1989 Minnesota Vikings season
Head Coach Jerry Burns
General Manager Mike Lynn
Home Field Metrodome
Record 10–6
Place 1st NFC Central
Playoff Finish Lost NFC Divisional Playoff
Previous Season Next Season
1988 1990

1989 was the 29th year of season play for the Minnesota Vikings and the 70th regular season of the National Football League. The Vikings finished with a record of ten wins and six losses, and winning the NFC Central Division. This title was secured during one of what is considered by many to be among the most exciting Monday Night Football contests ever: a Christmas Day victory over the Cincinnati Bengals at home, at the Hubert H. Humphrey Metrodome, which was the de facto first playoff game of the year. This season was also notable by how many sacks the defense produced, with 39 coming from only two players (Chris Doleman and Keith Millard) and 71 overall. Millard would later receive Defensive Player of the Year honors after putting up record numbers by a defensive tackle.


NFL DraftEdit



1989 Minnesota Vikings final staff
Front Office

Head Coaches

Offensive Coaches

  • Offensive Coordinator – Bob Schnelker
  • Assistant Offensive Coordinator/Passing Game – Dick Rehbein
  • Running Backs – John Brunner
  • Receivers – Jerry Brown
  • Tight Ends – Tom Batta
  • Offensive Line – John Michels
  Defensive Coaches

Special Teams Coaches

  • Special Teams – Tom Batta



1989 Minnesota Vikings final roster

Running backs

Wide receivers

Tight ends

Offensive linemen

Defensive linemen


Defensive backs

Special teams

Reserve lists

Practice squad

Rookies in italics
Active, Inactive, Practice squad

Regular seasonEdit

The defensive line of Chris Doleman, Keith Millard, Al Noga and Henry Thomas were key contributors in helping the Vikings rank number one in the NFL in total defense. In addition, the Vikings set a franchise record with 71 sacks in one season. Chris Doleman had 21 sacks and was one shy of tying the NFL record.


Week Date Opponent Result Attendance
1 September 10 Houston Oilers W 38-7
2 September 17 at Chicago Bears L 38-7
3 September 24 at Pittsburgh Steelers L 27-14
4 October 1 Tampa Bay Buccaneers W 17-3
5 October 8 Detroit Lions W 24-17
6 October 15 Green Bay Packers W 26-14
7 October 22 at Detroit Lions W 20-7
8 October 30 at New York Giants L 24-14
9 November 5 Los Angeles Rams W 23-21 (OT)
10 November 12 at Tampa Bay Buccaneers W 24-10
11 November 19 at Philadelphia Eagles L 10-9
12 November 26 at Green Bay Packers (Milw) L 20-19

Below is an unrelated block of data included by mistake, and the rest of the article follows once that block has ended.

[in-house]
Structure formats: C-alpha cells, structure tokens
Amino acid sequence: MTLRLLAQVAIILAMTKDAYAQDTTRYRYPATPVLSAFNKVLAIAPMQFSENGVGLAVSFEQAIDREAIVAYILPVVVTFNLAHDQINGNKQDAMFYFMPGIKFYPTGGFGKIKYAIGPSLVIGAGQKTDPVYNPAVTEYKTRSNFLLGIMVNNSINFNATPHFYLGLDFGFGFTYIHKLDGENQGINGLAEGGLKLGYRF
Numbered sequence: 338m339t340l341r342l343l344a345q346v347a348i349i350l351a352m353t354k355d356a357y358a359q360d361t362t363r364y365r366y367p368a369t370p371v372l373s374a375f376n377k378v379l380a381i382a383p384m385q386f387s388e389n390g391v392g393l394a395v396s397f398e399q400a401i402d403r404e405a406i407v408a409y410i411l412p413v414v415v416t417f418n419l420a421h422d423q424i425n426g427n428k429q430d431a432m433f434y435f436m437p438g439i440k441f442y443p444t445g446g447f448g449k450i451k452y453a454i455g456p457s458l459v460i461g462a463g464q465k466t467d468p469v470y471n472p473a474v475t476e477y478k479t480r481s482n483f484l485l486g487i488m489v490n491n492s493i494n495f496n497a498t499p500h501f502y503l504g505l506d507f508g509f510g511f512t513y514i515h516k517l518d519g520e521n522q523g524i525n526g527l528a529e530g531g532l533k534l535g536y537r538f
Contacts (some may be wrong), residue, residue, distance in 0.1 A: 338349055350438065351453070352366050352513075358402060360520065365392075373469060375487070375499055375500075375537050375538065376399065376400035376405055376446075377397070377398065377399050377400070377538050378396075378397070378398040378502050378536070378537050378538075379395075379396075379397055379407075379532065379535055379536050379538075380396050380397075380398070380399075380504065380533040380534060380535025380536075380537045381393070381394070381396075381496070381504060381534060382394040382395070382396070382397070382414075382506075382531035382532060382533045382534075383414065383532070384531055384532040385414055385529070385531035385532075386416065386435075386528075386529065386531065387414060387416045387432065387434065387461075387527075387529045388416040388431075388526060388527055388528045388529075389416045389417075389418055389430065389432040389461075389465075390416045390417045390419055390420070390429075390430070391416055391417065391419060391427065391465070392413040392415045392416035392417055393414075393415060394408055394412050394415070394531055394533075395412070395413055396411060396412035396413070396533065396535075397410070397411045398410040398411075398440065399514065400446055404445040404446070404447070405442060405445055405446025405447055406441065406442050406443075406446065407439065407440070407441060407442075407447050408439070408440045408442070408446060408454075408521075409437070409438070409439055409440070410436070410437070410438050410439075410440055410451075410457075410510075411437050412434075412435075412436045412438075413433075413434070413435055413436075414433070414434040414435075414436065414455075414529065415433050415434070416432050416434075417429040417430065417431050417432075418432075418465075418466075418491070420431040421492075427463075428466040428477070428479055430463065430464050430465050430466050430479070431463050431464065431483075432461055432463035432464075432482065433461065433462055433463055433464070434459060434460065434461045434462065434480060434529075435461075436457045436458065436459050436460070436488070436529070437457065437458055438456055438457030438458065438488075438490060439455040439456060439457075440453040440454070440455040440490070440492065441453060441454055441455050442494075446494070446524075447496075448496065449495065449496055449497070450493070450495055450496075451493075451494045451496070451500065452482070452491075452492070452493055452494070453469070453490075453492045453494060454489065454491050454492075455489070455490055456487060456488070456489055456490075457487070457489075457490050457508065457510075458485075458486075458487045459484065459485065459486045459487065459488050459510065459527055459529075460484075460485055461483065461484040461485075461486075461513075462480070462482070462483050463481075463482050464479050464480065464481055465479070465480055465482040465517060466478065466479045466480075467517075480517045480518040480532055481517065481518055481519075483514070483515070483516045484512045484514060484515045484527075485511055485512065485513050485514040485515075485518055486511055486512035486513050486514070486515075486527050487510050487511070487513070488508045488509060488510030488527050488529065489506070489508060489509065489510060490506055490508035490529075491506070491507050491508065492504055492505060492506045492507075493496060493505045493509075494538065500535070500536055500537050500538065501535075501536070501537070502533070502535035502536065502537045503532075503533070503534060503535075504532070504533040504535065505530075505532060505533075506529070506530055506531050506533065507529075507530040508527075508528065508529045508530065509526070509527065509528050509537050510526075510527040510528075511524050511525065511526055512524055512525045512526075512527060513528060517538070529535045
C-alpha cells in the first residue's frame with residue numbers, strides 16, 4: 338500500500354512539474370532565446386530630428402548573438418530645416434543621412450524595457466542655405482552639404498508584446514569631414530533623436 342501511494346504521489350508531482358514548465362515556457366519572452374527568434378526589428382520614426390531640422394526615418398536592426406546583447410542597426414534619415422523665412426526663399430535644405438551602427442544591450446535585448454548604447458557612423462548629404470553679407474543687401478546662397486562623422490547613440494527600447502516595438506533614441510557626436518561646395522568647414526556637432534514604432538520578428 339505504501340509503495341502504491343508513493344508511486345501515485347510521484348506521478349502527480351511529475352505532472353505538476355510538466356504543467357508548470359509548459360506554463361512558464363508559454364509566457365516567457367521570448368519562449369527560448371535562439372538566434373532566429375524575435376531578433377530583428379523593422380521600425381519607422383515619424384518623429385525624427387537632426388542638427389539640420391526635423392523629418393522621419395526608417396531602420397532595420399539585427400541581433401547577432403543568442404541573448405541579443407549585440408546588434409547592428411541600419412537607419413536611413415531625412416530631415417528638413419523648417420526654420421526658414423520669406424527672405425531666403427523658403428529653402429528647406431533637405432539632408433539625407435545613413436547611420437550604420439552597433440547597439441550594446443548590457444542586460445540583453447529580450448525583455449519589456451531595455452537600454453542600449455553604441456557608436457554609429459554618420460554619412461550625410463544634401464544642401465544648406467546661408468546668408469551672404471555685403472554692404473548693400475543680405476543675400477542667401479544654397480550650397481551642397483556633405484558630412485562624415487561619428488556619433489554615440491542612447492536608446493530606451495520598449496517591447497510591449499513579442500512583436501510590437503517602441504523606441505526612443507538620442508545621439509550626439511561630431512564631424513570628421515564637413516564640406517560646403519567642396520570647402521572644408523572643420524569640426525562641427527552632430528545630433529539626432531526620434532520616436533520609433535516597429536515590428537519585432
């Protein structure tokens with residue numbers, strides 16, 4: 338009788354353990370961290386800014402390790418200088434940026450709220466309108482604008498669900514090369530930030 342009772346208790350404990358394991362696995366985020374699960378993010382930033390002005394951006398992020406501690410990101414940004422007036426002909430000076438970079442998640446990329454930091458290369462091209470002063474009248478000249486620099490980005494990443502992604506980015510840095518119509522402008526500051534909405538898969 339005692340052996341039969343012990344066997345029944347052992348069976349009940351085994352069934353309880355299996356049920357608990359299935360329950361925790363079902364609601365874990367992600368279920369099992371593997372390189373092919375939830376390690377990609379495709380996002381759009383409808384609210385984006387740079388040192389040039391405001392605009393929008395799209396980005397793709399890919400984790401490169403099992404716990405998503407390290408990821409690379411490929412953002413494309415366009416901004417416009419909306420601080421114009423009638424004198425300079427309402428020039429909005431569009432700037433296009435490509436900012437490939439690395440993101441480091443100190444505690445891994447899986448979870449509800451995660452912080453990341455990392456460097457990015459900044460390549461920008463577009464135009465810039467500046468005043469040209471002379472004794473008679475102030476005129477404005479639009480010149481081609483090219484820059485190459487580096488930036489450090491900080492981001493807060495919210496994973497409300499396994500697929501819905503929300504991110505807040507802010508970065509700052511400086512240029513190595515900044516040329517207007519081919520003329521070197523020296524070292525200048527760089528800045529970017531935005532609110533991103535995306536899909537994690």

13 December 3, 1989 Chicago Bears W 27-16
14 December 10 Atlanta Falcons W 43-17
15 December 17 at Cleveland Browns L 23-17 (OT)
16 December 25 Cincinnati Bengals W 29-21


Week Date Opponent Result Attendance
Divisional January 6 at San Francisco 49ers L 41-13


NFC Central
Minnesota Vikings 1060.625351275
Green Bay Packers 1060.625362356
Detroit Lions 790.438312364
Chicago Bears 6100.375358377
Tampa Bay Buccaneers 5110.313320419

Herschel WalkerEdit

In 1989, at the height of his NFL career, the Cowboys traded him to the Minnesota Vikings for a total of five players (LB Jesse Solomon, DB Issiac Holt, RB Darrin Nelson, LB David Howard, DE Alex Stewart) and six draft picks (which led to Emmitt Smith, Russell Maryland, Kevin Smith, and Darren Woodson). This was judged to be one of the turning points in the rise of the Cowboys to the top echelon of the NFL. Walker's trade was widely perceived as an exceptionally poor move considering what the Vikings had to give up in order to get him, and remains one of the most frequently vilified roster moves of the team's history. The Vikings coaches reluctantly accepted Walker after the trade and never totally used the tool they had been given. says, "but Walker was never used properly by the coaching brain trust (a total oxymoron in this case)".[2]

Awards and recordsEdit


  • Chris Doleman, Third Player in NFL History to get at least 20 sacks in a season
  • Chris Doleman, franchise record, 21 sacks


  1. 2010 Minnesota Vikings Media Guide. p. 265. Retrieved February 18, 2011. 
  2. By Viking Update Staff (2001-06-20). History: Walker Trade. Retrieved on 2008-01-29.

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